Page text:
Based on all the information you have stated above a short sale would be one option for you. If you did decide to short sale your home you would be eligible for to purchase another home in 2 1/2 years after your short sale. I also know of a lender who has a new 20% down loan that eliminates any waiting period for your new purchase so long as your credit score is at 580 or above after your short sale is complete.

I would love the opportunity to discuss all of your options with you to resolve your situation. My clients get free attorney services when they decide to short sale and much more. I also provide assistance finding a your new home whether your buying or renting. Give me a call at 702-324-9281 I think I can help you.

Warmest Regards,

Michele Dutchess
Realtor/Short Sale & Foreclosure Resource Certified
Keller Williams Realty Las Vegas
Cell: 702-324-9281
Office: 702-212-2222
0 votes
Danya Gresham, , Las Vegas, NV
Thu Jan 27, 2011
Hi Lvhomeowner!
Wow, that's a loaded question! You should have a ton of answers pretty quickly! Like Mark said, you are in a better position than most. In the realm of short-sales, $38k is hardly anything. He's also correct that it's not your only option.

It sounds like you definately need to interview a few agents and find one that's a good fit for you. You should check out this blog post of 12 questions you should ask before you have someone list your house. Another seller here in Las Vegas asked these questions...I thought they were good questions so I made it into a blog post.…

Be prepared, you're going to get a lot of agents trying to convince you that they should be the one to sell your house, make sure you ask the right questions. Experience definately counts in the short-sale incorrect document, a late fax, an unreturned phone call to your lender can cost you the make sure you do your homework on the agent before you let them list your home!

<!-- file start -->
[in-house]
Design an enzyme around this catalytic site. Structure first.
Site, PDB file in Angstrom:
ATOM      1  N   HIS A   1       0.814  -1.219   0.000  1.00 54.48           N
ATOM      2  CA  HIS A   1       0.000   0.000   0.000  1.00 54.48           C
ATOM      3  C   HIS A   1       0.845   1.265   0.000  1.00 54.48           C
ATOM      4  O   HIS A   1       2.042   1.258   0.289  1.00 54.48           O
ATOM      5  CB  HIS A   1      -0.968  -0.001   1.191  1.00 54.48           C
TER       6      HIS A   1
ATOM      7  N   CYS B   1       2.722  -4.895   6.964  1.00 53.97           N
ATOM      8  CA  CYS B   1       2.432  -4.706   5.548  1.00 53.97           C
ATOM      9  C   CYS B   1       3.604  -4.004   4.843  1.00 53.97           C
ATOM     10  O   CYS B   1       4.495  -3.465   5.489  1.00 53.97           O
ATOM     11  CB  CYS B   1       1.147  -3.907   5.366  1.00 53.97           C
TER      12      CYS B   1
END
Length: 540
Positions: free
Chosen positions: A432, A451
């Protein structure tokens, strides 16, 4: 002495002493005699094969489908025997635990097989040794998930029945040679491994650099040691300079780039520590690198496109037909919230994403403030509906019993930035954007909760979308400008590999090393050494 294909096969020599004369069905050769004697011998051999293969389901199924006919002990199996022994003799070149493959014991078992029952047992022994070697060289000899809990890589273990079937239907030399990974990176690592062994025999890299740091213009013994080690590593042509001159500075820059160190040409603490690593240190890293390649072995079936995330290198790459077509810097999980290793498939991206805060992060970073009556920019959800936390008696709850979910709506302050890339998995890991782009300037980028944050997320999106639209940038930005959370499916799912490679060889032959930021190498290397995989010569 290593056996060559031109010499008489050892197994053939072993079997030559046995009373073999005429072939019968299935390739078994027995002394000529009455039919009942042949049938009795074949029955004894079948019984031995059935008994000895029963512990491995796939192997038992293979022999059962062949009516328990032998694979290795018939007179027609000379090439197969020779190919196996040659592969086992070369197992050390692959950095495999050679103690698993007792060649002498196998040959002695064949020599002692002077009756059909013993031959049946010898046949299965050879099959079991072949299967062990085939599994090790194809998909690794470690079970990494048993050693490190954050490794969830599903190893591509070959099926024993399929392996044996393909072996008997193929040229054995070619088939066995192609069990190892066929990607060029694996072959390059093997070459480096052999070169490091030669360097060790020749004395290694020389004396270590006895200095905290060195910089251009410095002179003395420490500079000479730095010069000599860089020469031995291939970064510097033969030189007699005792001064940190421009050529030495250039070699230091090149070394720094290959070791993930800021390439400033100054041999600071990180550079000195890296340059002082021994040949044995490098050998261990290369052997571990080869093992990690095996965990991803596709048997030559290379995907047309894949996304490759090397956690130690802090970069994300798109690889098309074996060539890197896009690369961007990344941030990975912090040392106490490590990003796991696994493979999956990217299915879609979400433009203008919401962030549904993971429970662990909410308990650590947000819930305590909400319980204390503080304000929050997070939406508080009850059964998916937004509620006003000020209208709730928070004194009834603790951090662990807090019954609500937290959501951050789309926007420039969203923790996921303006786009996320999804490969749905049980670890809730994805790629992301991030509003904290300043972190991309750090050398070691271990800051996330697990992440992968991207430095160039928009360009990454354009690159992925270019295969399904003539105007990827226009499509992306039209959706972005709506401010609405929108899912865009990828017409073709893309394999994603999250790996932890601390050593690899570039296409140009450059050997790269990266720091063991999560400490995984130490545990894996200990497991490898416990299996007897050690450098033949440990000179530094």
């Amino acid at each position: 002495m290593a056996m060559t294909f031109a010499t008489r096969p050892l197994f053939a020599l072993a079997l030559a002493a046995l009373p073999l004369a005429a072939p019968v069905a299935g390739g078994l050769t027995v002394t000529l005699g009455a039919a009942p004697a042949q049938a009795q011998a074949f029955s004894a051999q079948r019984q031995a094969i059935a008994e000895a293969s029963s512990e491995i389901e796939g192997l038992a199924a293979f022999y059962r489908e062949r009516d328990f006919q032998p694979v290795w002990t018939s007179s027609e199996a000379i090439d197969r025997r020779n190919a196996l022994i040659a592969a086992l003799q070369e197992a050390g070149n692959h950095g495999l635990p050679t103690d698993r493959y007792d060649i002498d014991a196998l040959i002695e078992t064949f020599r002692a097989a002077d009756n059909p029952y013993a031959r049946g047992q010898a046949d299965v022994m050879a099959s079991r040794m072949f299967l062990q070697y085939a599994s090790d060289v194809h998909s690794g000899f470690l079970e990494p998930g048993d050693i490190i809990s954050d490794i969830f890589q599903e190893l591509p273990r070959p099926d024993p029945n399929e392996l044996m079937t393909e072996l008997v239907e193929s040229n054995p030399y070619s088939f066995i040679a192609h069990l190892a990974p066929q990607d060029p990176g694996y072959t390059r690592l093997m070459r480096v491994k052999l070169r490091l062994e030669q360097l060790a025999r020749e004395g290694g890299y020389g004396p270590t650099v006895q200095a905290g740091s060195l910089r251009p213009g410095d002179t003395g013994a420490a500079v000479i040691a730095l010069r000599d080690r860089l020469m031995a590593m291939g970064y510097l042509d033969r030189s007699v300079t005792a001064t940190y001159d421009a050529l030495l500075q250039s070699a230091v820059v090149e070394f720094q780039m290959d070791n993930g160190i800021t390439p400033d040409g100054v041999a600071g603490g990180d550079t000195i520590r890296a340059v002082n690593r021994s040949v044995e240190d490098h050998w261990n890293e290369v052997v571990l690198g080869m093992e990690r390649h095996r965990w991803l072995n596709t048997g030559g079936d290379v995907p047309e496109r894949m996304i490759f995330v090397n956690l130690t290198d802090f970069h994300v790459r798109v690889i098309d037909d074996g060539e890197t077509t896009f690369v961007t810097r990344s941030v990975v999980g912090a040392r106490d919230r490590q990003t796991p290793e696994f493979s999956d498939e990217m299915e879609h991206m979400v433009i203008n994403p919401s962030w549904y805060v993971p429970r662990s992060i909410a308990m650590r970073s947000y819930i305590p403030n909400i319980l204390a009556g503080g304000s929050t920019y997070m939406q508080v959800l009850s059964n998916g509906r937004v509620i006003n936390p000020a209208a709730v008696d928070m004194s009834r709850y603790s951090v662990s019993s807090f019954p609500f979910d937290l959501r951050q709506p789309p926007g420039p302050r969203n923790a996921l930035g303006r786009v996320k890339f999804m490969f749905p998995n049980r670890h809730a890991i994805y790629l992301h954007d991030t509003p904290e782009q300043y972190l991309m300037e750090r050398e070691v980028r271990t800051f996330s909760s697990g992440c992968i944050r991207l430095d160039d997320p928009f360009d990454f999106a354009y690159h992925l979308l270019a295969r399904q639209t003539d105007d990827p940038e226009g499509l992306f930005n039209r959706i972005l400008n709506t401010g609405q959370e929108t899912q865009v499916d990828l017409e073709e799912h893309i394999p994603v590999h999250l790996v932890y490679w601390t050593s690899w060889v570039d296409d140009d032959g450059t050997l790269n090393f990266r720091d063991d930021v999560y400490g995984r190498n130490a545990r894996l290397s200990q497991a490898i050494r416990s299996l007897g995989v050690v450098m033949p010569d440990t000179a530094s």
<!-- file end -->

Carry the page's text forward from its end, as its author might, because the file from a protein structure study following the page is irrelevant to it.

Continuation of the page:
If you have any questions or want to find out more information, definately feel free to give me a call or shoot me an email. If it looks like we can work together, great! If not, I still give you as much information as i can!

Godd luck!

Coldwell Banker Wardley Real Estate
0 votes
Ruth and Per…, Agent, Los Gatos, CA
Thu Jan 27, 2011
Hi Lvhomeowner:

It seems you are ready to bail based on all the justification you are providing.

Get in touch with a CPA and a lawyer and then a Realtor.

Good luck.
0 votes
Marina Gulak…, Agent, Portland, OR
Thu Jan 27, 2011
I think $38,000 is not that large of a sum to be considering a short sale; however, that is just my opinion. Can you really show the valid hardship? Salary reduction alone might not be enough - your total monthly expenses have to be at least 50% or (preferably) more of your total monthly income.
You might want to consider loan modification instead- negotiating with a bank to reduce the interest rate for few years to 2 or 3%, that would give you a break on the mortgage payment. Renting out is a good option as well, if the rent covers the mortgage.

Otherwise, if you really want to sell the house, then short sell is a way to go.

Web Reference:
0 votes
Heather Peck, Home Owner, Las Vegas, NV
Thu Jan 27, 2011
That's one option, or you could do a mortgage assignment to another buyer that may not care its $38,000 upside down.

If you'd like to know more, shoot me an email.
0 votes